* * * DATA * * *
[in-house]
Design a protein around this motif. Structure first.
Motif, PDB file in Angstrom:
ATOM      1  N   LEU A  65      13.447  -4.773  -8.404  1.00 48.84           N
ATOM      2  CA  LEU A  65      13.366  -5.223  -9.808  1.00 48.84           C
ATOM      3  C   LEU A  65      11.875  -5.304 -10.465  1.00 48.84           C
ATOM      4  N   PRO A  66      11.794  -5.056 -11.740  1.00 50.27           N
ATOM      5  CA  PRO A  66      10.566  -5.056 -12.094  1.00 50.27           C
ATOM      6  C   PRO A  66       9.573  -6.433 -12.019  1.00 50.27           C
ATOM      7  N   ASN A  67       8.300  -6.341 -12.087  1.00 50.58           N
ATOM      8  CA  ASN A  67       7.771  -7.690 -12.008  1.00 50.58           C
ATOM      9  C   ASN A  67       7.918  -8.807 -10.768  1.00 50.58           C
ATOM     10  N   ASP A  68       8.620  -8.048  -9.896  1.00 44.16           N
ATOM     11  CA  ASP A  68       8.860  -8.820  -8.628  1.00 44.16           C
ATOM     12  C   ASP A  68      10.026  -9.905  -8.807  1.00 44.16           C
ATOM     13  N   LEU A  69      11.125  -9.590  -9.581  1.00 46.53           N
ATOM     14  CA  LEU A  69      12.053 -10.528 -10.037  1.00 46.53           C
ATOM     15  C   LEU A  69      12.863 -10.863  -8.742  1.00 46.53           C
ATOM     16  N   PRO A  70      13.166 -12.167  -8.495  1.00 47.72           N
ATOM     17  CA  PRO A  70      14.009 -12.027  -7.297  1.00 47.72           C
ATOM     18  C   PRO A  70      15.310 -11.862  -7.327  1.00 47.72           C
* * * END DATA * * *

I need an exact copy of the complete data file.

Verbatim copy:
[in-house]
Design a protein around this motif. Structure first.
Motif, PDB file in Angstrom:
ATOM      1  N   LEU A  65      13.447  -4.773  -8.404  1.00 48.84           N
ATOM      2  CA  LEU A  65      13.366  -5.223  -9.808  1.00 48.84           C
ATOM      3  C   LEU A  65      11.875  -5.304 -10.465  1.00 48.84           C
ATOM      4  N   PRO A  66      11.794  -5.056 -11.740  1.00 50.27           N
ATOM      5  CA  PRO A  66      10.566  -5.056 -12.094  1.00 50.27           C
ATOM      6  C   PRO A  66       9.573  -6.433 -12.019  1.00 50.27           C
ATOM      7  N   ASN A  67       8.300  -6.341 -12.087  1.00 50.58           N
ATOM      8  CA  ASN A  67       7.771  -7.690 -12.008  1.00 50.58           C
ATOM      9  C   ASN A  67       7.918  -8.807 -10.768  1.00 50.58           C
ATOM     10  N   ASP A  68       8.620  -8.048  -9.896  1.00 44.16           N
ATOM     11  CA  ASP A  68       8.860  -8.820  -8.628  1.00 44.16           C
ATOM     12  C   ASP A  68      10.026  -9.905  -8.807  1.00 44.16           C
ATOM     13  N   LEU A  69      11.125  -9.590  -9.581  1.00 46.53           N
ATOM     14  CA  LEU A  69      12.053 -10.528 -10.037  1.00 46.53           C
ATOM     15  C   LEU A  69      12.863 -10.863  -8.742  1.00 46.53           C
ATOM     16  N   PRO A  70      13.166 -12.167  -8.495  1.00 47.72           N
ATOM     17  CA  PRO A  70      14.009 -12.027  -7.297  1.00 47.72           C
ATOM     18  C   PRO A  70      15.310 -11.862  -7.327  1.00 47.72           C